Plants respirate which means that they use up some of or all hydro-carbons to keep strong and alive all their little proteine factories. The higher the temperature the harder the defend of their order. Only one tenth of the energy produced by tropical plants is digested by animals, fungi and microbes. The rest, much of that at nights, is used for maintenance.

Plants show many responses to heat and light. In hot sunny days forests emit organic gases. Many reactions are triggered by blue light exclusively hence one would not believe that plants grow under orange light at all!

I am not a chemist and can merely calculate the mass of sulphur in a certain mass of magnesium sulphate. I cannot calculate electron transfers, say how easily certain ions react with each other and fall out, yet.

Some of this information was found on the german aquaristics website
4: Plant physiology by Taiz and Zeiger (1998)


Posted By: Grasso
Date Posted: 31 July 2007 at 21:21
Hello folks,

I updated the article above. The most striking news is that phosphorus is a secondary element, only needed in rather small amounts. Too much of it weakens the plant. Strong plants do not need any shelter, dehumidifiers, heaters or HPS lamps. Although CANNABIS has been sucessfully grown in Goa and Columbia it still is a species of the temperate climate. Farmer Mick could grow his ERSB bud on his Irish balcony if he only gave them the right diet.


Posted By: farmer mick
Date Posted: 31 July 2007 at 23:19
If he only had a balcony! Smile

Posted By: Grasso
Date Posted: 19 August 2007 at 01:15

the great response encuraged me to give some practical examples and critics. Half of the advertizing in grow magazines is about fertilizers hence there must be some interest.

By suppliing plenty of potassium and no calcium I made the pollinated buds stretch. Sinsemilla buds were not affected. Since I started to supply calcium the plants have regained health and draw less water than before.

Nitric acid is very powerful and agggrrresssive, in one word caustic which is greekish for burning. Fortunately my household-cleaning rubber-gloves resisted it so I can still type this.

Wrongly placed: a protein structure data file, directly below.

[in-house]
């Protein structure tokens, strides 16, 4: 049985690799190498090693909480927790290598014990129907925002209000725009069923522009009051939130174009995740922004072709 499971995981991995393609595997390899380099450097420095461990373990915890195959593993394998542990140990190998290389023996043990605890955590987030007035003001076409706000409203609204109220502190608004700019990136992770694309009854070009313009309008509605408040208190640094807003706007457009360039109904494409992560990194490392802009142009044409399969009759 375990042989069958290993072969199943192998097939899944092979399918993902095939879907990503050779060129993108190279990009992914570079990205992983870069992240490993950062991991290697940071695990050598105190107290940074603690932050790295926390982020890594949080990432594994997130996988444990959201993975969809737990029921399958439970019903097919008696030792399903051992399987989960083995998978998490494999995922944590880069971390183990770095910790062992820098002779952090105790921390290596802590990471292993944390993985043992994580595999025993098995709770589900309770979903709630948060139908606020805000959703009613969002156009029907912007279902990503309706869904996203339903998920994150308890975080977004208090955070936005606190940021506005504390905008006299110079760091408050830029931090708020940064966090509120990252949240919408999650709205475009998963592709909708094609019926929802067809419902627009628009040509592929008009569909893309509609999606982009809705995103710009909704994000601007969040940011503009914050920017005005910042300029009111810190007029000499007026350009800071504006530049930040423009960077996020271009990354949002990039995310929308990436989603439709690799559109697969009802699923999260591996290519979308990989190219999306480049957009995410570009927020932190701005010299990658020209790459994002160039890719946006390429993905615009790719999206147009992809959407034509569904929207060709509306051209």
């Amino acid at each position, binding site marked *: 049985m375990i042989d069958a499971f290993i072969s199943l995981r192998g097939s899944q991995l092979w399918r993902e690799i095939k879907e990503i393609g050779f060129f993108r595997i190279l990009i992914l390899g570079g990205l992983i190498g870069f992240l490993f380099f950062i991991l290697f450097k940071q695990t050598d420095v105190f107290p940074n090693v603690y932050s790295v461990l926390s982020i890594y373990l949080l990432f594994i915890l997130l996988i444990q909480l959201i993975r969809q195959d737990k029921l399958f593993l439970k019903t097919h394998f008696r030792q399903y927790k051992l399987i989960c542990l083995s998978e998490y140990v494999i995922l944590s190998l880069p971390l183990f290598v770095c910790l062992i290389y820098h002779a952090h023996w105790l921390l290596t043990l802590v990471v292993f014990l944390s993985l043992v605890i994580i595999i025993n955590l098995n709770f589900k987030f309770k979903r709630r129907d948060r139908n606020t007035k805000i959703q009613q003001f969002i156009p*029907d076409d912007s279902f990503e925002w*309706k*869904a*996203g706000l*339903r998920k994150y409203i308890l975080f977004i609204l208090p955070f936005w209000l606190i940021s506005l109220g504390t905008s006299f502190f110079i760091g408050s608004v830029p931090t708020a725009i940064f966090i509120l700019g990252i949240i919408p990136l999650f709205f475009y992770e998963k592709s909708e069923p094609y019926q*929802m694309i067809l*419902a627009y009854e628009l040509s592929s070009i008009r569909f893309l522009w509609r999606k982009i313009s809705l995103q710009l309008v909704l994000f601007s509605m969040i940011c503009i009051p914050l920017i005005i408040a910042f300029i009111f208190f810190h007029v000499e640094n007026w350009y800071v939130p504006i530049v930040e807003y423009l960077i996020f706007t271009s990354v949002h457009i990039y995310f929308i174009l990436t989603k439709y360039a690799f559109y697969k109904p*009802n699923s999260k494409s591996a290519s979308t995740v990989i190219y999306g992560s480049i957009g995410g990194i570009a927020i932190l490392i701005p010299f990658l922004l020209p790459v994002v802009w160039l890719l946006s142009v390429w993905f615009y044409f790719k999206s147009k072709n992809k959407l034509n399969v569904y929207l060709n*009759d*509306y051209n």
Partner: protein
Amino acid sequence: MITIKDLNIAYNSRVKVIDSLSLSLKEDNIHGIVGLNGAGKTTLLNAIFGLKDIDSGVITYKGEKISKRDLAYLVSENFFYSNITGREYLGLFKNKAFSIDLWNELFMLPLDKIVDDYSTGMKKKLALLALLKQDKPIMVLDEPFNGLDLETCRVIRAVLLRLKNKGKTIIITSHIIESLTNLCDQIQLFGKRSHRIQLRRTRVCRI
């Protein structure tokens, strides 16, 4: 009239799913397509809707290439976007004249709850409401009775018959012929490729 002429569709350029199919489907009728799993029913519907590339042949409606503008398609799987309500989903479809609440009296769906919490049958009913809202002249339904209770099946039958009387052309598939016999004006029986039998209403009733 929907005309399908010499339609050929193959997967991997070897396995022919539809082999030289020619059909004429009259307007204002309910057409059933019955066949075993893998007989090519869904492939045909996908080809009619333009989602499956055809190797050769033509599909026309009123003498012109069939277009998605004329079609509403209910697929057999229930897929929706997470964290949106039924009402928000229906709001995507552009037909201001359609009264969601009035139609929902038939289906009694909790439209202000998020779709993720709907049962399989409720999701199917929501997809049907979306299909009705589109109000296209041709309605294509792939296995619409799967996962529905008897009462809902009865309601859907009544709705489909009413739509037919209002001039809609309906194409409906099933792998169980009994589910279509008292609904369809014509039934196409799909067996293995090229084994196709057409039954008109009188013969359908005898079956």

Let us have a look at the Hesi Hydro Grow fertilizer:

It shall amongst other elements contain calcium, phosphor and sulphur. But how does this work when calcium phosphate and calcium sulphate are supposed to fall out? I mixed bitter-salt into a weak solution calcium nitrate, heated it in order to simulate long-term storage, and gypsum fell out indeed. At there is a long discussion of precipitation. Organical fertilizers ("bio" brand bottles) do not have this problem since the calcium can be chelated (sat into an organic complex compound).

The Hesi Hydro Grow stuff is declared as "30+14+25" and "30 percent nitrogen" on the english label and as "NPK 30+14+25" on the german one. But ammon-saltpeter (NH4-NO3) contains less than half nitrogen, and fuming nitric acid contains less than a quart nitrogen. Hesi claim that at least 69 percent of their fertilizer is made up by nutrient elements while in reality at least 69 percent are made up of ions. Big difference! Now Hesi add the foot-note "EC NPK - fertilizer 12+4+8" on the english label and "EEC NPK Dünger" on the german one.

Hesi add vitamins, plant sugars and amino acids but list them at last, after the trace elements. So are these homoeopathic doses? If so then do homoeopathic doses really help, or do Hesi just happen to know how to treat instable personalities like mine?

Lastly let me critizise the usual fertilizing sheme as given in . Why the sudden change in nutrient composition between "growth" and "bloom"? Why the rising concentration of PK 13/14 in "bloom" until a sudden drop-dead of all nutrients one week before harvest? Hurry up, Santa Claus has not yet received your wish-list! I use a weak Hoagland solution throughout the grow and do not flush at all.

The sudden jump in photoperiod is a strange cultivation habit, too. This jump in conjunction with rooting stress made my fiber-drug hybrid cutting grow pollen. At fault is not the sensitive plant but rude Grasso who in his fear that the plantlet might not root missed the chance to reduce the photoperiod gradually over several weeks.